I don’t need to have Netflix anymore to know that the new show Tidying Up with Marie Kondo has surged a whole new wave of excitement over the KonMarie stuff cleanse & its “life-changing magic”.
On Instagram stories, in my neighborhood, and blogs across the internet, women and men (though, let’s be frank, the latter are mostly of the indulging-their-significant-other variety) are purging books, refolding clothes, and asking the question, “Does this spark joy?” (a fancy version of: do I still want this thing?)
The desire to simplify & subtract seems like a natural reaction response to the rampant materialism & consumption that mark our current cultural era. A counterswing to the flurry of Black Friday, the holidays, and 2-day free shipping.
So, I think it it’s a good thing, unequivocally.
What's not to love about reorienting your surroundings to only reflect what you love, what brings life, what lasts, and what has meaning? I have hitched my horse, professionally, 100% to the idea of products that are a bigger investment, but imbue meaning, are well-loved, and, well... spark joy! (I'm talking kantha quilts: see!)
But, I know that when we create a void, when we remove something, the space doesn’t stay empty. Another thing moves to fill it. I don’t mean literally, physically… this isn’t a comment on how the junk drawer will be mysteriously bursting again by March!
If I stop a bad habit, like checking my phone a zillion times a day, what will I do with my time, my hands, my antsy-ness, instead? This is why many smokers who decide to quit start chewing gum, or go for a 5 minute walk during what used to be their smoke break at work.
Even more abstractly, if I want to be less impatient, or think fewer judgmental thoughts, I need to create a positive resolution to focus on, too: maybe I start a mental bucket list of fun activities to think about when I am stuck in a line or otherwise trying to be patient; maybe decide to say a prayer of gratitude when I am feeling down or frustrated.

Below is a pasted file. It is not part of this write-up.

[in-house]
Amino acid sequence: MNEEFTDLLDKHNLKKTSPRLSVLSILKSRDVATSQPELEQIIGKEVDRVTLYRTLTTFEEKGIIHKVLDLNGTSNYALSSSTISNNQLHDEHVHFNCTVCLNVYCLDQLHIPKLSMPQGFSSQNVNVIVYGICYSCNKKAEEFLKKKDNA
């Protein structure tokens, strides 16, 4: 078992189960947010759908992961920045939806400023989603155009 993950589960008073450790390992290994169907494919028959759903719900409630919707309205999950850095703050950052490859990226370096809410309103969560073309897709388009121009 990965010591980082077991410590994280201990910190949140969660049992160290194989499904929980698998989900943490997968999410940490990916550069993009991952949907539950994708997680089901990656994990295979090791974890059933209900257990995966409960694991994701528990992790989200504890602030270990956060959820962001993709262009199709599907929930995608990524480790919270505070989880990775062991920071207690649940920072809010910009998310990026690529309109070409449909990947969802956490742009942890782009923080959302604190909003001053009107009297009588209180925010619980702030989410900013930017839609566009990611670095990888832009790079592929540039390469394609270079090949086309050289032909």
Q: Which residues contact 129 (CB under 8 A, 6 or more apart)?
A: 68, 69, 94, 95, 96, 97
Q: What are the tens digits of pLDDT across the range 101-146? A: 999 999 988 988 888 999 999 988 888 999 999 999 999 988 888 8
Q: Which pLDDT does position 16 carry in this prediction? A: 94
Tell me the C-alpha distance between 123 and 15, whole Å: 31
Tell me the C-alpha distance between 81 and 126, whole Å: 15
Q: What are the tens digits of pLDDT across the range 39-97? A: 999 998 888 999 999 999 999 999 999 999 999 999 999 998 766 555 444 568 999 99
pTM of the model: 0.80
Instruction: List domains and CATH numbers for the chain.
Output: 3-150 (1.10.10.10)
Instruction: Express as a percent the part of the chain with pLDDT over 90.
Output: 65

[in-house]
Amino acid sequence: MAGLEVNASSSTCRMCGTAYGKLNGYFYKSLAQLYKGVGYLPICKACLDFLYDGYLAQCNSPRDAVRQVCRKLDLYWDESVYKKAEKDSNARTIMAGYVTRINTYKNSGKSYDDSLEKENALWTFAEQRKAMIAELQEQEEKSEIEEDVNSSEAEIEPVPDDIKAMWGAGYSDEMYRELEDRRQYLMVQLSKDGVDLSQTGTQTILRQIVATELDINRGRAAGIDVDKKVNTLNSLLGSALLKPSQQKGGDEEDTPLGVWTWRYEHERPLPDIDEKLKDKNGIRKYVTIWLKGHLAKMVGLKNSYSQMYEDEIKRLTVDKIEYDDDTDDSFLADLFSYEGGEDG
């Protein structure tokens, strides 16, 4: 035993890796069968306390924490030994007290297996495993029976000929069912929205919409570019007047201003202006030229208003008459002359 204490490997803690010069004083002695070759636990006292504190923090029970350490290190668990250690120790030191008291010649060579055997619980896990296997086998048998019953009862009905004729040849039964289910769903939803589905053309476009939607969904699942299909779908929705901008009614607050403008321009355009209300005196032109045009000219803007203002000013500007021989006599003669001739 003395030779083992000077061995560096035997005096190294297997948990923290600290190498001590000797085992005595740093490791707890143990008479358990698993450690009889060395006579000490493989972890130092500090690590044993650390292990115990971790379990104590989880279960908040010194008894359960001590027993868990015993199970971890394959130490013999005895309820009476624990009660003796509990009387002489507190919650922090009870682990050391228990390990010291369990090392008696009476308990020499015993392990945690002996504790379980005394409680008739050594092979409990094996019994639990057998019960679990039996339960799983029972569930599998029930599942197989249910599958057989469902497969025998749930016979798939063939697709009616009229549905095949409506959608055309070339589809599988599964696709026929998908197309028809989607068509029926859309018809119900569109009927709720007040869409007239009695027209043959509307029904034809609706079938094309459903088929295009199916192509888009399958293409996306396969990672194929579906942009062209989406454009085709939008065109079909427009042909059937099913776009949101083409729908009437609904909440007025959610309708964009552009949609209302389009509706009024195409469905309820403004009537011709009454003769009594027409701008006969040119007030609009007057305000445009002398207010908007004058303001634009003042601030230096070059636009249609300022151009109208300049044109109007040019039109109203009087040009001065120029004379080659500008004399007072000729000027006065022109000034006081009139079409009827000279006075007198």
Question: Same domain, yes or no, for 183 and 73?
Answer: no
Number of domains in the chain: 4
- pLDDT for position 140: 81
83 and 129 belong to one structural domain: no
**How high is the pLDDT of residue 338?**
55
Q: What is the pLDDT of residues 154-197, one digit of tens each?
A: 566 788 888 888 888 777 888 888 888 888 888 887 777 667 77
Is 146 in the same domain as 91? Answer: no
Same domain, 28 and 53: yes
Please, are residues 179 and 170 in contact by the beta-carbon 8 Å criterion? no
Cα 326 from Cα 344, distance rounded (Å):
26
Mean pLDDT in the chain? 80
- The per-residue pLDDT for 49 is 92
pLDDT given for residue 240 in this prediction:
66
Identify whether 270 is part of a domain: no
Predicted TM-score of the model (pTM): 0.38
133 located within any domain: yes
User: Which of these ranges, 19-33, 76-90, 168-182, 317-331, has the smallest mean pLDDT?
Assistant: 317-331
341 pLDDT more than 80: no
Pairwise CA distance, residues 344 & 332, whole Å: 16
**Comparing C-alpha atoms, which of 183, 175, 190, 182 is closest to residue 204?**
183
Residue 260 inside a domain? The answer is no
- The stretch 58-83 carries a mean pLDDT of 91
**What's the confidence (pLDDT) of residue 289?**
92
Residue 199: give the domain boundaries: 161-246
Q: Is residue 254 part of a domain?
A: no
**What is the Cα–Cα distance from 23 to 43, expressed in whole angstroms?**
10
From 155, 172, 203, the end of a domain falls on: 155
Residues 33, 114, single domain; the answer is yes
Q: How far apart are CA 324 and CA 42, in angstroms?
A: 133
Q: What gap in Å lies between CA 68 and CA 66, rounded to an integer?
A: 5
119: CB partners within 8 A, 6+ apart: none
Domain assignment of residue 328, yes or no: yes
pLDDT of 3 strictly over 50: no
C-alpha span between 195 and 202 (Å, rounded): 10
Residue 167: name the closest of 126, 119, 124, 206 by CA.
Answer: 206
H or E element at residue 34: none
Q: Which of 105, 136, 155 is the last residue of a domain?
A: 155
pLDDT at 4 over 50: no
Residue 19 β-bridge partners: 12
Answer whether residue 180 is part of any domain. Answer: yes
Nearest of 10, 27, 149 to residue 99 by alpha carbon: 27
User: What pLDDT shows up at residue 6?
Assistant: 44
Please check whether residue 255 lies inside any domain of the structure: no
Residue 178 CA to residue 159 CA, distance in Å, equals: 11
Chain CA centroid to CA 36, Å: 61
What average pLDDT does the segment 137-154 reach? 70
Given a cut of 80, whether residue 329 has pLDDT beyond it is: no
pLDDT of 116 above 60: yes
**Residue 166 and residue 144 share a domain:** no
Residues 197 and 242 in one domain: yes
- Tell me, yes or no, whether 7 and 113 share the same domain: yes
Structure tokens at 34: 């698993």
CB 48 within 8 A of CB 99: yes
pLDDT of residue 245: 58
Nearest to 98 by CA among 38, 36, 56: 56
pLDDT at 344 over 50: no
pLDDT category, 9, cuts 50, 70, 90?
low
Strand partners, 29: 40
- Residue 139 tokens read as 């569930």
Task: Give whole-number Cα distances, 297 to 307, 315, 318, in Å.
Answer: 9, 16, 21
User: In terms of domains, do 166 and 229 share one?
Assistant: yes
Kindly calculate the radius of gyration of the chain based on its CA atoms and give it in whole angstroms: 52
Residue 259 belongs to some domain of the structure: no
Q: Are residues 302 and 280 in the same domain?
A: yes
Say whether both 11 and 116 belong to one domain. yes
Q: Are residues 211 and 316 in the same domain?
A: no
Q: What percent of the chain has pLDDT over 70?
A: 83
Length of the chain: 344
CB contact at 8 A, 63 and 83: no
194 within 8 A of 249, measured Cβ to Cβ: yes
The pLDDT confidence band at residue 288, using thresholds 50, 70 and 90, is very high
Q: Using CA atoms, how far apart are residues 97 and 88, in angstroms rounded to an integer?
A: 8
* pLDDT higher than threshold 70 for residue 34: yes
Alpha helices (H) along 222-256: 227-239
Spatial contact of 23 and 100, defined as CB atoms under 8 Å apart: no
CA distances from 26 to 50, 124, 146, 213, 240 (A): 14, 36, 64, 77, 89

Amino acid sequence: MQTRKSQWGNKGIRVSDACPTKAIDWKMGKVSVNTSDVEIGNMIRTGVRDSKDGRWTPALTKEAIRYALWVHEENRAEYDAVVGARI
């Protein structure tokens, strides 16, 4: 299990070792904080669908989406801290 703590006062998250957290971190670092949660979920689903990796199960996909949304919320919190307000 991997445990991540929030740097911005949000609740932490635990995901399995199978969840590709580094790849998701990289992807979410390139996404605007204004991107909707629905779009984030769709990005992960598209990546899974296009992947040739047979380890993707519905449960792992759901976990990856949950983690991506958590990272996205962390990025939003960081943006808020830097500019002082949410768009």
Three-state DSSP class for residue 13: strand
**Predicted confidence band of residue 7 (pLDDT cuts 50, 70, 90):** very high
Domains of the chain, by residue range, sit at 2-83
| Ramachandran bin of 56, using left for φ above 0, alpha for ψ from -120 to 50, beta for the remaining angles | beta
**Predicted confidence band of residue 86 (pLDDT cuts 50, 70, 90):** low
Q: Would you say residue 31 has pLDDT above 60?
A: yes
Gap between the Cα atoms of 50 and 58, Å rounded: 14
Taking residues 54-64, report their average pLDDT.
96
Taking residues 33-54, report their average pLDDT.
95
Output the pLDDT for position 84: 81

When we're motivated to simplify, to minimize, to clutter-bust... what do we want to fill that gap? If we don't consider the answer we envision to that question, I guarantee that the space will be filled... just maybe not with the life-giving, joy-sparking stuff we want in it.
So, what are some ideas to think through in refilling the space?
What else? Have you successfully decluttered and remained decluttered, in space and/or mind? Thoughts on the list above, or on all the recent KonMarie love?
Share your thoughts & stories in the comments below.
I've said before that while I advocate for shopping thoughtfully & being slow... I love gifts! Actual, tangible, pull-the-wrapping-off gifts.
We want to make the gifts that we give worth it. Worth the money, the materials, the effort... So, how to choose a thoughtful gift that will be meaningful to the recipient?
Intentionality simply means the act of being deliberate, purposeful.
If you are a committed budgeter, there is no question of being intentional; you probably account for every dollar. But, nobody — even if you track every receipt — spends every single dollar how they wish to (dishwasher repairs, new socks, & lost library books come to my mind...).
Even so, we can be thoughtful about how money leaves our wallet, slides onto our credit card, decreases our bank balance… we can be deliberate & purposeful with even the smallest financial decisions.
This dignify post draws from Derek Thompson's October 7th article in The Atlantic.
Thompson's article explains the practical challenges in 2021 for consumers as well as for retailers.
Here's how some of these points relate to dignify right now and in the coming months: